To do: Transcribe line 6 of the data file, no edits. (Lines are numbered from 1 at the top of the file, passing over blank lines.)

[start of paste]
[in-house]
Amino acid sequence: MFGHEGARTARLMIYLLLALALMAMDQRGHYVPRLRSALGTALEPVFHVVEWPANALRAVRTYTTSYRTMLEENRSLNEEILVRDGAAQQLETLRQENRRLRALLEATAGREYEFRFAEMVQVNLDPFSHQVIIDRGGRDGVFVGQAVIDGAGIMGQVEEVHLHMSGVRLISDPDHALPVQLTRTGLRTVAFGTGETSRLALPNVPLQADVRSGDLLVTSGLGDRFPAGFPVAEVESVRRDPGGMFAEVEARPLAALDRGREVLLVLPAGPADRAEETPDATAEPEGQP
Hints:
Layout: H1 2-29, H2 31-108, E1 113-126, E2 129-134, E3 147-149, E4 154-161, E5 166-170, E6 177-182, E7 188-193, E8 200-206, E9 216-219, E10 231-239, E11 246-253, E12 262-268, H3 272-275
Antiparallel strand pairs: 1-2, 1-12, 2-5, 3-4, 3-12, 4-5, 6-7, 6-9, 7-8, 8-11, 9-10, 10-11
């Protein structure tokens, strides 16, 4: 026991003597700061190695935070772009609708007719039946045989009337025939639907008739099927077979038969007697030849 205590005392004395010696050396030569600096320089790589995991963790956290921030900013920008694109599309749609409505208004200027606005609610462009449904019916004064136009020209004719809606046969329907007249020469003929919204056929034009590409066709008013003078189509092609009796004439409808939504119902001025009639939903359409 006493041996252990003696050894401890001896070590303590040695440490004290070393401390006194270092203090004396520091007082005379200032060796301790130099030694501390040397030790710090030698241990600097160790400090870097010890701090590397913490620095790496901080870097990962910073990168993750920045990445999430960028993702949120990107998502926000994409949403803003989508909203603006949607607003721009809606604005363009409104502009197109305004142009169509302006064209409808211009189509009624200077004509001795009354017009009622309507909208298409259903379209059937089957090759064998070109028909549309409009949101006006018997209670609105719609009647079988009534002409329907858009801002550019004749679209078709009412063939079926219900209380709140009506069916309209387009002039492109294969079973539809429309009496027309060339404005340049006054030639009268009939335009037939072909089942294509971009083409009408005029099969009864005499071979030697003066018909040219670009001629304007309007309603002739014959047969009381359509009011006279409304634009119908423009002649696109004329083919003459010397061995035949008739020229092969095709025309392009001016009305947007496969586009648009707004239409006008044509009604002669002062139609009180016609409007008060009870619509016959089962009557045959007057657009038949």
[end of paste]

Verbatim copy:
């Protein structure tokens, strides 16, 4: 026991003597700061190695935070772009609708007719039946045989009337025939639907008739099927077979038969007697030849 205590005392004395010696050396030569600096320089790589995991963790956290921030900013920008694109599309749609409505208004200027606005609610462009449904019916004064136009020209004719809606046969329907007249020469003929919204056929034009590409066709008013003078189509092609009796004439409808939504119902001025009639939903359409 006493041996252990003696050894401890001896070590303590040695440490004290070393401390006194270092203090004396520091007082005379200032060796301790130099030694501390040397030790710090030698241990600097160790400090870097010890701090590397913490620095790496901080870097990962910073990168993750920045990445999430960028993702949120990107998502926000994409949403803003989508909203603006949607607003721009809606604005363009409104502009197109305004142009169509302006064209409808211009189509009624200077004509001795009354017009009622309507909208298409259903379209059937089957090759064998070109028909549309409009949101006006018997209670609105719609009647079988009534002409329907858009801002550019004749679209078709009412063939079926219900209380709140009506069916309209387009002039492109294969079973539809429309009496027309060339404005340049006054030639009268009939335009037939072909089942294509971009083409009408005029099969009864005499071979030697003066018909040219670009001629304007309007309603002739014959047969009381359509009011006279409304634009119908423009002649696109004329083919003459010397061995035949008739020229092969095709025309392009001016009305947007496969586009648009707004239409006008044509009604002669002062139609009180016609409007008060009870619509016959089962009557045959007057657009038949």